References

[1] Sustainable glass architecture through intelligent adhesive and sealant solutions –Dr Christian Scherer, Chris Davis, Danny Suh - Advanced Building Skins 2022

[2] Balancing embodied and operational carbon in building envelope design - Will Wild, Arup.

[3] End-of-life Challenges in Façade Design: A disassembly framework for assessing the environmental reclamation potential of façade systems – Rebecca Hartwell, PhD Candidate, University of Cambridge / Prof Mauro Overend, T.U Delft

[4] Dedication to 4SG material law authors Scherer, C.; Scherer, T.; Semar, E.; Wittwer, W. (2019) Ködispace 4SG, der Schlüssel für energieeffiziente kaltgebogene Structural-Glazing-Fassaden in: B. Weller and S. Tasche [Hrsg.] Glasbau 2019, Berlin: Ernst und Sohn, S. 439–449.

[5] EN1279: 2018 Glass in Buildings – Insulating glass units [6] Reactive thermoplastic spacer for energy-efficient cold-bent structural glazing facades – Dr Christian Scherer, Dr Thomas Scherer, E. Semar, Dr Wolfgang Wittwer – Advanced Building Skins 2019

[7] Degradation of Insulating Glass Units: Thermal Performance Measurements and Energy Impacts – Madison Likins-White, Robert C. Tenent and Zhiqiang Zhai - MDPI

600450 Sustainable glass architecture through intelligent adhesive and sealant solutions glassonweb.com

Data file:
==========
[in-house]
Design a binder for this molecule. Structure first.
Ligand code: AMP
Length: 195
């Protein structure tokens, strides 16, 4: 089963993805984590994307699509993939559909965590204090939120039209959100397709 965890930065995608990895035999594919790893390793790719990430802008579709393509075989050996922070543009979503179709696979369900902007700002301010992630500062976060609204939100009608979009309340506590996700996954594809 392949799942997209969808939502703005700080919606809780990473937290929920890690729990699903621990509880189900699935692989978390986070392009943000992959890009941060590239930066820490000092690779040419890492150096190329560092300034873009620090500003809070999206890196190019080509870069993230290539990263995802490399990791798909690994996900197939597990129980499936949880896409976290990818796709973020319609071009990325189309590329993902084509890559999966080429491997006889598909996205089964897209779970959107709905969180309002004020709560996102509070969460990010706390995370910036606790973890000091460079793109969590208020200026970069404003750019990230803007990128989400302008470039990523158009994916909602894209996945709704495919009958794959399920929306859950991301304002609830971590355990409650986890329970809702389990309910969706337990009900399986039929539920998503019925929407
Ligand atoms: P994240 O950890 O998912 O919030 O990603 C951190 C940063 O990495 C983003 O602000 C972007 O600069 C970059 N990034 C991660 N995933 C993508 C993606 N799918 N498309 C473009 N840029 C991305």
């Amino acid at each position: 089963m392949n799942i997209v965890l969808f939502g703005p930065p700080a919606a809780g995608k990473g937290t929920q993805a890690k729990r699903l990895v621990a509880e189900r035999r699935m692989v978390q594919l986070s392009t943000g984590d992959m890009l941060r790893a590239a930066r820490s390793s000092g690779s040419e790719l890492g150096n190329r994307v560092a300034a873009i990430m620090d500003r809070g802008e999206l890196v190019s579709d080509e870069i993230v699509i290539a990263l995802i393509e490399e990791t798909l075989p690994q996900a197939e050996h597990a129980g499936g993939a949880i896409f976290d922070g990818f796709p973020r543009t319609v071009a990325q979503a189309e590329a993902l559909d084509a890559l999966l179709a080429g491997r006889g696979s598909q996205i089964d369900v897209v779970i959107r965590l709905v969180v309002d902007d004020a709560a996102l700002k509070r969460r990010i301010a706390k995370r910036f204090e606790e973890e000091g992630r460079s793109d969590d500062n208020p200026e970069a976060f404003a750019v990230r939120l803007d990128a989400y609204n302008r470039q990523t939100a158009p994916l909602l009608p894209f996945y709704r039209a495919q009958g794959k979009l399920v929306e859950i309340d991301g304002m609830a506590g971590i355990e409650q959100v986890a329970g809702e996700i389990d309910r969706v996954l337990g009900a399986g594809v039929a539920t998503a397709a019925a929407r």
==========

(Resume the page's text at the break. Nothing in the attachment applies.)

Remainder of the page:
Others also read

This work investigates the numerical modeling of two different UV-curing acrylate adhesives in terms of the bulk material and in the application as point fixing.
This paper describes the design concept and research process of NEERO-Façade, including the development of an integrated façade fixing and the slim substructure design.
The redeveloped CME Center lobby is defined by a striking, wavelike 24’ tall glass façade.
The approaches proposed by planners and architects for adapting to climate change will be discussed at glasstec 2024 (22-25 October, Düsseldorf) at its Architecture Forum.
This paper delves into the potential of two UV-curing acrylate adhesives, scrutinizing their material behavior through meticulous uniaxial tension tests and dynamic mechanical-thermal analysis.
Vacuum insulated glazing (VIG) is a glass structure where two glass panes are connected by a hermetic seal over their perimeter, with a vacuum gap between the panes.

FROM INDUSTRY

2200 W. Salzburg Rd.
Auburn , MI 48611
United States

Add new comment